Boris Johnson refuses to say if he regrets previous suggestion Donald Trump may be worthy of Nobel Peace Prize
PM’s past relationship with Trump under scrutiny following US Capitol violence last week
Johnson, appearing at House of Commons committee, only tells MPs he’s looking forward to working with Joe Biden
Boris Johnson has refused to say if he regrets suggesting Donald Trump may be worthy of a Nobel Peace Prize.
It comes as Trump’s presidency ends in disgrace after he encouraged supporters to storm the US Capitol last week. Five people died in the violence that followed. Trump is likely to face an unprecedented second impeachment.
It has meant Johnson is facing fresh scrutiny over his past relationship with the outgoing US president.
In May 2018, when Johnson was foreign secretary, he said Trump would potentially be in line for the Nobel Peace Prize.
Watch: Moment Trump encouraged supporters to go to the Capitol
In an interview with Sky News, he had said: “If he can fix North Korea and if he can fix the Iran nuclear deal then I don’t see why he is any less of a candidate for the Nobel Peace Prize than Barack Obama, who got it before he even did anything.”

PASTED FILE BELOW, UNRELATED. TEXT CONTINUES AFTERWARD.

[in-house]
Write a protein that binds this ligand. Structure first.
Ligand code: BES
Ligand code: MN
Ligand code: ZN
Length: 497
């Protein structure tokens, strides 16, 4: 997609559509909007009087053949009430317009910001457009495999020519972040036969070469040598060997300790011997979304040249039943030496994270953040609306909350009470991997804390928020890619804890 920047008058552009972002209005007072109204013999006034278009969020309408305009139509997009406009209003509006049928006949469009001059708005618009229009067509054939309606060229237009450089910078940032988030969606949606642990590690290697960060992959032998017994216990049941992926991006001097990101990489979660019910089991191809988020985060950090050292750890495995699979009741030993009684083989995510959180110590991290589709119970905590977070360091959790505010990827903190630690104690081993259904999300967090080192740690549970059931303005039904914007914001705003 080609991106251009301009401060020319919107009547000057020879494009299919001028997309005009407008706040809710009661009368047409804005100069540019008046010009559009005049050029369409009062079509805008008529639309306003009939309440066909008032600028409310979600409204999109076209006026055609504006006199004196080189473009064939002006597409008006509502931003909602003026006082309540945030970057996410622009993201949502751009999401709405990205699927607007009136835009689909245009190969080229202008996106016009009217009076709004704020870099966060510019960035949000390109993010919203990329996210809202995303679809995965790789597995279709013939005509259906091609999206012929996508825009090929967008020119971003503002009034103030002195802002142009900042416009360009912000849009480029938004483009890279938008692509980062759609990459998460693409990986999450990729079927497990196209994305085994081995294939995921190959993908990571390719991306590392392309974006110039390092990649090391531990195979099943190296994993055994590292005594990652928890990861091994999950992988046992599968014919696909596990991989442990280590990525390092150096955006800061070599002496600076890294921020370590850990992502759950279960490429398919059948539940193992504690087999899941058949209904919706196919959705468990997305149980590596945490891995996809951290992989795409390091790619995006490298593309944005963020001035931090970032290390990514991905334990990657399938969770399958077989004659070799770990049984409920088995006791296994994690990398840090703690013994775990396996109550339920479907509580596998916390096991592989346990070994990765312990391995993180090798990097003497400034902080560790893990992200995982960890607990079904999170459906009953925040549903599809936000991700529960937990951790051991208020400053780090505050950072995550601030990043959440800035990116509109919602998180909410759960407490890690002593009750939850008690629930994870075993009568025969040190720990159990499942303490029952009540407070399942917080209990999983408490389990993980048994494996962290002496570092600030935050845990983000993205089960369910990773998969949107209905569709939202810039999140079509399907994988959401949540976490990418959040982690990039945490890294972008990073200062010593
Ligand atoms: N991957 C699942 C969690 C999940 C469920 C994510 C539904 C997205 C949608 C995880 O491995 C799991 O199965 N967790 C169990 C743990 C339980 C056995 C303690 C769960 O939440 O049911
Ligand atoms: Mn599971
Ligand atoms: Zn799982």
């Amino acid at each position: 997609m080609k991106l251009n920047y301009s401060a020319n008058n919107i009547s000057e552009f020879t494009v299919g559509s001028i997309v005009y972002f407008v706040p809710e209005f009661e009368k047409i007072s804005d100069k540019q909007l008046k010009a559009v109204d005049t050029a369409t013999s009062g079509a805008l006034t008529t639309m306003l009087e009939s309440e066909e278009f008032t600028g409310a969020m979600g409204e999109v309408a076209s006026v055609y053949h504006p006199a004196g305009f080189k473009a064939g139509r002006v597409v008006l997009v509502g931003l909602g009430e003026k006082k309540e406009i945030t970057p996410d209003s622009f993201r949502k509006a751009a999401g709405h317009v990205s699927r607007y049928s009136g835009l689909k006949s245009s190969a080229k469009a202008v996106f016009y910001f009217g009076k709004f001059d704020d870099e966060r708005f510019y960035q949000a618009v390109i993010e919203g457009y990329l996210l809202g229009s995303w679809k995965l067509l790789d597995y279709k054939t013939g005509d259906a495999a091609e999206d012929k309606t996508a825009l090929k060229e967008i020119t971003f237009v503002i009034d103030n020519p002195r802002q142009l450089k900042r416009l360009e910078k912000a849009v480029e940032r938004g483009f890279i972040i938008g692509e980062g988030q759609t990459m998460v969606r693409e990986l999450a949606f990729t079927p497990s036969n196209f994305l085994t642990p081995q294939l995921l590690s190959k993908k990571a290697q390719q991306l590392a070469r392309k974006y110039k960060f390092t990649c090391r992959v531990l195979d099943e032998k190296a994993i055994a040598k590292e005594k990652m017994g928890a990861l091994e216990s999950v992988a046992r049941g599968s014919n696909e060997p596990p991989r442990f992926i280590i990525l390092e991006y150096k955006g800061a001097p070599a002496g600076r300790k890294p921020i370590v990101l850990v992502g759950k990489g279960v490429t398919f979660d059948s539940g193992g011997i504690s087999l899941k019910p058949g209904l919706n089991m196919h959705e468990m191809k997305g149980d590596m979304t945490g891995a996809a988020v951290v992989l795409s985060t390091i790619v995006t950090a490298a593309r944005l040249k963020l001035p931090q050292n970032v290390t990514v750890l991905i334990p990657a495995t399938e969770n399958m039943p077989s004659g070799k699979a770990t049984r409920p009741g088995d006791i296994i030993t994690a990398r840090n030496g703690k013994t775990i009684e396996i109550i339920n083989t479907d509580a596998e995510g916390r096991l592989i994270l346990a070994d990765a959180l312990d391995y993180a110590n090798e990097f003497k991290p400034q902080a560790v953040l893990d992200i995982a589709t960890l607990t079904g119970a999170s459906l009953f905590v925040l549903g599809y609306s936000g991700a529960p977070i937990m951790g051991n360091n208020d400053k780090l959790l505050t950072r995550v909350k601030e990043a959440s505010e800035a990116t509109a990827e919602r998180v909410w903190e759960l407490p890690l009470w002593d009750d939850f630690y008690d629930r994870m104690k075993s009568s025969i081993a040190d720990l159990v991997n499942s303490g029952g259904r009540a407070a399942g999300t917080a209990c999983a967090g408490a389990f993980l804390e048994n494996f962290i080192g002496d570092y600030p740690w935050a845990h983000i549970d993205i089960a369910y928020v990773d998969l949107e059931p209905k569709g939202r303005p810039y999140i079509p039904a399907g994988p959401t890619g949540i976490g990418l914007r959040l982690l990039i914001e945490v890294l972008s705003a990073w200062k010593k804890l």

On Wednesday, with the prime minister appearing before the House of Commons liaison committee, Labour MP Catherine McKinnell asked Johnson if he regretted saying this “given recent events”.
Johnson however, refused to answer the question.
He said: “I’m in favour of the prime minister of the UK having the best possible relationship with the president of the United States and I had an excellent conversation very recently with president-elect Joe Biden.”
On Thursday, Johnson “unreservedly condemned” Trump for his part in the riots.
Trump’s incendiary comments were blamed for directly provoking violence from the mob which stormed the building in a failed attempt to overturn the US election result and prevent Biden taking to the White House.
During his one-and-a-half years as prime minister, Johnson has previously been reluctant to criticise Trump and appeared to enjoy a warm relationship with him.
The PM is not the only senior figure in government to have backed Trump.
House of Commons leader Jacob Rees-Mogg repeatedly spoke in favour of the president when he was a backbencher, including calling for the “reddest of red carpets” to be rolled out for Trump during that year’s visit to the UK.
In November last year, foreign secretary Dominic Raab also refused to condemn Trump for his baseless claims of voter fraud after losing the presidential election.
Watch: Pelosi says Trump engaged in 'treasonous activity'